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This I think brings us back to Julia Reitlinger.

Mural painting for the Church of the Entrance of the Theotokos into the Temple, Paris, 1937.

What I have tried to do in this paper is give some idea of the context, artistic and religious, in which she was formed. None of this in any sense 'explains' her and I don't think much that is useful can be said about 'influences'. We can perhaps see the impact that the Russian icon exhibition in Munich had on her in the paintings she did for the church in Meudon in the 1930s but there is no sense in which she could be said to be trying to revive the techniques of what is sometimes nowadays called the 'canonical' - meaning the pre-seventeenth century - icon. She had rejected this course of action when she decided against following the Old Believer icon painter Mikhail Katkov. Here we might point to a contrast with the heroic figure of Maria Solokova, her contemporary, an immensely skilful icon painter, engaged in a huge research after the traditional, pre-seventeenth models, and continuing without compromise to paint icons through the persecutions of the 1930s. It is possible that some of the icons Reitlinger saw in Munich in 1929 were copies made by Solokova and her teacher Vladimir Komarovsky. (26)

Icon by Maria Solokova from This is a chapter of Irina Gorbunova-Lomax: The icon - truth and fables, originally published as Icon: truth and fiction, by Satis Publishing House, St. Petersburg, in 2009 ( which gives a powerful account of the continuation and development of the icon painting tradition in Russia during the Soviet years (Ch.10), followed in the next chapter by a very severe criticism of developments in the West.

(26) A speculation of my own. I don't know if any research has been done on who did the copies of the Rublev Trinity and Vladimir Mother of God. There is an account of the exhibition and its reception in Britain in Richard Marks: 'Russian Icons through British eyes, c1830-1930' in Anthony Cross (ed): A People Passing Rude - British responses to Russian culture, Open Book Publishers, 2012, There is an account of Solokova and Komarovsky in Yazykova: Hidden and Triumphant, pp.103-118.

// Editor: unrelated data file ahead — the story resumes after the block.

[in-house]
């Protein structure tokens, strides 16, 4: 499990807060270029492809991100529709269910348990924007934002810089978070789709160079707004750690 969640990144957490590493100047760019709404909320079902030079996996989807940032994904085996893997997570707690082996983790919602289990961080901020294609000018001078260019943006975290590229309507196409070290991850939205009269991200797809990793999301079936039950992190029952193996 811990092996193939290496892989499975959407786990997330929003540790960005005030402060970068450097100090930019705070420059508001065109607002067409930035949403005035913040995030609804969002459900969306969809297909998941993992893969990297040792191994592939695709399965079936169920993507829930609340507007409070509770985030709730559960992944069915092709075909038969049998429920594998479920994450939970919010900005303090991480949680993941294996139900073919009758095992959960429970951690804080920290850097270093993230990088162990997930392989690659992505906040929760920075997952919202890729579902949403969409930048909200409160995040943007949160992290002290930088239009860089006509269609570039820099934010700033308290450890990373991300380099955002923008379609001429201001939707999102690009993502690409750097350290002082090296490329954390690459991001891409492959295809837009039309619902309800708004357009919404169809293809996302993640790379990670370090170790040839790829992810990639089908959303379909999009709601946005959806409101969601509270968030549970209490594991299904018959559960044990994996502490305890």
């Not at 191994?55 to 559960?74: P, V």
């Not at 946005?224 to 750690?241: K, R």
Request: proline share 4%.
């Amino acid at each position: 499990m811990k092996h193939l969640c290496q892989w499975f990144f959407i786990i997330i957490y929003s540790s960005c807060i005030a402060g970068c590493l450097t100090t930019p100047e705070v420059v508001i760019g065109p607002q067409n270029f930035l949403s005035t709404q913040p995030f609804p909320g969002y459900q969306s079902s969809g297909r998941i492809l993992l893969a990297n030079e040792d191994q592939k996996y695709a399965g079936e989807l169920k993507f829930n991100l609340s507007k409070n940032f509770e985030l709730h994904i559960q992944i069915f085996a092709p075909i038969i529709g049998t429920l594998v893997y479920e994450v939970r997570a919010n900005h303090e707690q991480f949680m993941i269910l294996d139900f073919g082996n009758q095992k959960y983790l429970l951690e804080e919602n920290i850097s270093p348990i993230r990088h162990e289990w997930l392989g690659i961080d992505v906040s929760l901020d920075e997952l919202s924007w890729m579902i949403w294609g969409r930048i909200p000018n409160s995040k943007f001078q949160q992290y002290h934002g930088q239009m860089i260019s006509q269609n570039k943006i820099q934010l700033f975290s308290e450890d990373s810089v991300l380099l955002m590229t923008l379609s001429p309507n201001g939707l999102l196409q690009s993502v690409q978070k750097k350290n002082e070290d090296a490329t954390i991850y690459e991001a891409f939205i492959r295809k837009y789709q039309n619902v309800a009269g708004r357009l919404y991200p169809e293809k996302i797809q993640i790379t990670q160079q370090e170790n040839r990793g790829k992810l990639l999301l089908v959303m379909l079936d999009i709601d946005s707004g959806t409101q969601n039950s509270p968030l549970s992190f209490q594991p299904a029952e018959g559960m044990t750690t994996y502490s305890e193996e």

I see no sign of any interest on Reitlinger's part in the development of a mathematically based hieratic art as envisaged in Beuron. I see no influence of any of the contemporary artists - Rouault, Chagall, Modigliani - who we might imagine could have interested her. Frankly I see little sign in her work of the influence of Maurice Denis, even though her correspondence shows she was anxious to win his approval and she describes him as being 'a bit like an artistic spiritual father confessor.' 

The word 'naivety' may be useful so long as it clear that we are not talking about a false naivety assumed for aesthetic effect, nor about 'naivety' as it is used as a term to describe the often very sophisticated paintings done by people without formal training. Sister Joanna and her friend Mother Maria - who also worked in Denis' atelier, mainly in embroidery - were moving in the circles of some of the most impressive cultural and intellectual figures of their time. There may be some resemblance to the religious paintings of Paul Sérusier, but, much as I admire Sérusier's landscape painting, the religious works (far from following the rigour of Beuron) seem to me to err on the side of false naivety for aesthetic effect.